It is appreciated that the teachings of the present invention can, for example, be implemented by suitably modifying, or interfacing externally with, flash controlling apparatus. The flash controlling apparatus controls a flash memory array and may comprise either a controller external to the flash array or a microcontroller on-board the flash array or otherwise incorporated therewithin. Examples of flash memory arrays include Samsung's K9XXG08UXM series, Hynix's HY27UK08BGFM Series, Micron's MT29F64G08TAAWP or other arrays such as but not limited to NOR or phase change memory. Examples of controllers which are external to the flash array they control include STMicroelectrocincs's ST7265x microcontroller family, STMicroelectrocincs's ST72681 microcontroller, and SMSC's USB97C242, Traspan Technologies' TS-4811, Chipsbank CBM2090/CBM 1190. Examples of commercial IP software for Flash file systems are: Denali's Spectra™ NAND Flash File System, Aarsan's NAND Flash Controller IP Core and Arasan's NAND Flash File System. It is appreciated that the flash controller apparatus need not be NAND-type and can alternatively, for example, be NOR-type or phase change memory-type.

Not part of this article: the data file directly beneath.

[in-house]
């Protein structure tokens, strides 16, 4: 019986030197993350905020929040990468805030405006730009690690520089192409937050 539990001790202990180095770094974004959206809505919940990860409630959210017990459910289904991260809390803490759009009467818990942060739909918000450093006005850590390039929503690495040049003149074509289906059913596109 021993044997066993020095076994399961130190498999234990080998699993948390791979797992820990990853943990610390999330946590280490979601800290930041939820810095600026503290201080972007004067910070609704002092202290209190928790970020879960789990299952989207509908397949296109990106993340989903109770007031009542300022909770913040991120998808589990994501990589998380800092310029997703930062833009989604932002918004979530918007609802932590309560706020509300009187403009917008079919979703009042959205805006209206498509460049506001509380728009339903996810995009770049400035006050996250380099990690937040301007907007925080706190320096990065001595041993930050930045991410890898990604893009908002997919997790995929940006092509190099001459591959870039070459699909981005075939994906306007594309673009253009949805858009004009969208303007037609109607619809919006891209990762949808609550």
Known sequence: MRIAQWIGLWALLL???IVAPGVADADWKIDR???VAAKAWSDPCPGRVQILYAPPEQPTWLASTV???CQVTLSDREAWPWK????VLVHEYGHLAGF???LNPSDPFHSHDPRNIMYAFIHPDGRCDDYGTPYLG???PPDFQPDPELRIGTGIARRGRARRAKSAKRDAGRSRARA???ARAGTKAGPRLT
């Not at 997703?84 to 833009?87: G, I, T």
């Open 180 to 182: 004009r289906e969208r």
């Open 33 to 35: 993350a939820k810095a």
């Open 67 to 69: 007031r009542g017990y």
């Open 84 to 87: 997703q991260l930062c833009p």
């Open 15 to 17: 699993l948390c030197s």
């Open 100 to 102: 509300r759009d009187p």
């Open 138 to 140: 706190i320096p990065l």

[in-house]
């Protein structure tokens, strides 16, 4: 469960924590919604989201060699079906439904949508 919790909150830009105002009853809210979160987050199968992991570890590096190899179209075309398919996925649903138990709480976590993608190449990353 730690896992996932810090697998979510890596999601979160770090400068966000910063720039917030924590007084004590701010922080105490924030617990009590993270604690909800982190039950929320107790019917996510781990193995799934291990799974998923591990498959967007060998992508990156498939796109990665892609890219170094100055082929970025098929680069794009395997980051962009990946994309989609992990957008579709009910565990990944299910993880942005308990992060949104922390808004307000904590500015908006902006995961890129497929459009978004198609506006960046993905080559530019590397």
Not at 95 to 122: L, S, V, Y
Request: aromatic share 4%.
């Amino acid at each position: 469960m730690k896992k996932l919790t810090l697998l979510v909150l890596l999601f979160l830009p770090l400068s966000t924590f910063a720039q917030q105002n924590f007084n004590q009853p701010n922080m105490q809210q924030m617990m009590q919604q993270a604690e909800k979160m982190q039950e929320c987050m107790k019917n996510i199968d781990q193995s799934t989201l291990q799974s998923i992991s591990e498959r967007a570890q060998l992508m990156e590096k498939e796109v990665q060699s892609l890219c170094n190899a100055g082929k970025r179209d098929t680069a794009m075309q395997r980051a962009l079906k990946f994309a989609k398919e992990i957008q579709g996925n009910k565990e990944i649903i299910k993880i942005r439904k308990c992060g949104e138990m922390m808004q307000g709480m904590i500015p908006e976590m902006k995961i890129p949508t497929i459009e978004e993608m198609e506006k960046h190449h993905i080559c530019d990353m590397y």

Flash controlling apparatus, whether external or internal to the controlled flash array, typically includes the following components: a Memory Management/File system, a NAND interface (or other flash memory array interface), a Host Interface (USB, SD or other), error correction circuitry (ECC) typically comprising an Encoder and matching decoder, and a control system managing all of the above.

The present invention may for example interface with or modify, as per any of the embodiments described herein, one, some or all of the above components and particularly with the ECC component.

Features of the present invention which are described in the context of separate embodiments may also be provided in combination in a single embodiment. Conversely, features of the invention, including method steps, which are described for brevity in the context of a single embodiment or in a certain order may be provided separately or in any suitable subcombination or in a different order. “e.g.” is used herein in the sense of a specific example which is not intended to be limiting.

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Klassifizierungen
US-Klassifikation714/781, 714/784
Internationale KlassifikationH03M13/00
UnternehmensklassifikationH03M13/152, H03M13/1545, H03M13/1515
Europäische KlassifikationH03M13/15P1, H03M13/15P5, H03M13/15P2